TOKYO (Reuters) - Japan’s JERA Co, set to become the world’s biggest buyer of liquefied natural gas (LNG) next year, plans to significantly cut the amount of gas it purchases on long-term contracts, the company’s president told the Reuters Global Commodities Summit.
JERA, a joint venture set up by Tokyo Electric Power (Tepco) (9501.T) and Chubu Electric Power (9502.T) to initially handle fuel procurement with a possibility of eventually taking over thermal power stations, has more than 10 million tonnes of gas on long-term contracts that expire by around 2020.
But the company will not automatically renew them, President Yuji Kakimi said.
The move puts more question marks over planned big LNG projects, which rely on long-term contracts to get financing approved, amid a downturn in commodities markets that has cut investment in many areas.
JERA, which buys around 80 percent of its gas on long-term contracts, will only contract volumes to cover the absolute minimum of fuel needed, using the most optimistic scenarios for rebooting its nuclear power plants and the take-up for renewable energy being promoted by the government.
Additional requirements for gas will be met with mid-term and short-term contracts or spot purchases, Kakimi said.
“Our original mission of procuring at a similar level to Europe and the U.S. is close to being achieved with oil price falling, but even if oil prices rose, we have to make sure that (procurement) costs are capped,” he said.
JERA will surpass Korea Gas Corp (036460.KS) as the world’s single biggest buyer of LNG with annual purchases of around 40 million tonnes once it fully integrates the partners’ existing contracts next summer.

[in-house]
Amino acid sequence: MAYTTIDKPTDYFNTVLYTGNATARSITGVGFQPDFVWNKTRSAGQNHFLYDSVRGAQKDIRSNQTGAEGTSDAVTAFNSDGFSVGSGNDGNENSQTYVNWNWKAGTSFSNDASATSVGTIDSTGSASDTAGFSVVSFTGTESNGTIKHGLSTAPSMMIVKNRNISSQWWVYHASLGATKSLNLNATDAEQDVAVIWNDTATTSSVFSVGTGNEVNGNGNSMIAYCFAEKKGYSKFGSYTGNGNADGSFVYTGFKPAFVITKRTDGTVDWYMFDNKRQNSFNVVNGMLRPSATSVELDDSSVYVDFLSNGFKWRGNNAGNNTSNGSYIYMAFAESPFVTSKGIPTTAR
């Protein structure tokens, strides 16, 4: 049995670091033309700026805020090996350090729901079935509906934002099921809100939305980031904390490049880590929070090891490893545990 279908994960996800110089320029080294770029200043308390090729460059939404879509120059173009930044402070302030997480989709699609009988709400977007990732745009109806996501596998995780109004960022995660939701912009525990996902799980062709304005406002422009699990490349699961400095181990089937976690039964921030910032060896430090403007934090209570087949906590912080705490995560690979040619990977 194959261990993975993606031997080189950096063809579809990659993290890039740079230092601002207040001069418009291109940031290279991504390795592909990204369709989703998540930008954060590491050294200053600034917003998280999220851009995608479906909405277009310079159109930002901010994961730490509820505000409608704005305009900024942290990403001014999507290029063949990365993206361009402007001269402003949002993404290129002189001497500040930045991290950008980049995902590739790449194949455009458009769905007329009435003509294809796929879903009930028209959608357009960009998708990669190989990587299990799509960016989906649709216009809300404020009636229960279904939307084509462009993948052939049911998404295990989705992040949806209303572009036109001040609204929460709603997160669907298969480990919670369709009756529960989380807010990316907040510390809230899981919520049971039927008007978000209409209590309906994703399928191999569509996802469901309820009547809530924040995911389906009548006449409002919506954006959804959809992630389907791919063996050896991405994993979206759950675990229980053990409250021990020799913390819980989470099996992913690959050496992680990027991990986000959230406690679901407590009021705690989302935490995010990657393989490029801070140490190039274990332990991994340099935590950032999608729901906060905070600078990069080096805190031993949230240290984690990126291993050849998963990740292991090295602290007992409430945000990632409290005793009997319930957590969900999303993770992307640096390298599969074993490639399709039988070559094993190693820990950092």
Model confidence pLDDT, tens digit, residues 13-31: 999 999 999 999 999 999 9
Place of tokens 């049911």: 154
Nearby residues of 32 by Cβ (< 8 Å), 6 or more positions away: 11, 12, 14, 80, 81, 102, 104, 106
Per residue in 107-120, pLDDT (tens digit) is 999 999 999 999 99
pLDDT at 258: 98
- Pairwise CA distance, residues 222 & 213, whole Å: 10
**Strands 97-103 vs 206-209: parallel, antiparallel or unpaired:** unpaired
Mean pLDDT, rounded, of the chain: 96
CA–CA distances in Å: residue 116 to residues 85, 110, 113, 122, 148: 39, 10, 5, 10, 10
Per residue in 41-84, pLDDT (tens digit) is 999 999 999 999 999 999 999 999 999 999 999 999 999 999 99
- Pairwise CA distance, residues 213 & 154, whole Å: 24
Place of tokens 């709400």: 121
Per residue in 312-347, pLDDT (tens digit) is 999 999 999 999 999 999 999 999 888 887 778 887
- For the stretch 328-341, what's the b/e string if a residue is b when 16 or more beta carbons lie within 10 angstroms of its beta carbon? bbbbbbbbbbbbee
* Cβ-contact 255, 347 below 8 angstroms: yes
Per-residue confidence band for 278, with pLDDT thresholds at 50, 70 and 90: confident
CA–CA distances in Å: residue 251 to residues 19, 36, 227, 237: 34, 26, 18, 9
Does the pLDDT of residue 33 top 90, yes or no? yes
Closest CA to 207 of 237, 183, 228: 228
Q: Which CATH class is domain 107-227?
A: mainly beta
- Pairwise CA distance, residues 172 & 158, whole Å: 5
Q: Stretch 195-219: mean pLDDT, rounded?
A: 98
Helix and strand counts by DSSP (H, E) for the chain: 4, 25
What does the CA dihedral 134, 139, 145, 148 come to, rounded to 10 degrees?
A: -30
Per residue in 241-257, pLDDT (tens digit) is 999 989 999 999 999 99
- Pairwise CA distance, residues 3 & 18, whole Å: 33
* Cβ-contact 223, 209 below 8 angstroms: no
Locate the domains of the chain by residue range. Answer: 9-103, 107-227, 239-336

Kakimi said Jera’s annual purchases of gas are expected to decline in line with government forecasts, implying the company will be burning around 28 million tonnes a year by 2030.
He also said the company is expanding Chubu Electric’s unit in Houston to start LNG trading opportunities when the Freeport LNG project, in which Chubu invests in, starts export in 2018.
JERA also aims to broaden its sources of coal to lower its reliance on high-quality Australian coals in order to cut costs.
Australia is by far the biggest supplier to Japan, accounting for nearly 80 percent of Japan’s thermal coal imports in the first eight months of this year.
“Since it looks difficult to see more flows from Indonesia under current market circumstances, it is important to develop new sources such as Russia, the U.S., Colombia and Africa,” Kakimi said.
JERA, which buys about 20 million tonnes of thermal coal a year, is also interested in buying into in coal mines to hedge against rises in coal prices, he said.
He declined to say how much a stake it aims to buy, but said stakes equivalent to 30-40 percent of its procurement would be “too much” under the current market.
Thermal coal benchmarks hit record lows earlier this month due to a sharp slowdown in demand, especially in Asia, and with overall mining output remaining stubbornly high.
Kakimi thinks prices have hit bottom.
“I actually said last year the prices had hit the bottom, but they kept on falling,” he said. “But I really think the market is at the bottom as mines have been closing and coal mining companies have been putting themselves up on sale.”
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Additional reporting by Billy Mallard, Kentaro Hamada, Kazuhiko Tamaki and Hitoshi Ishida; Editing by Aaron Sheldrick and Michael Perry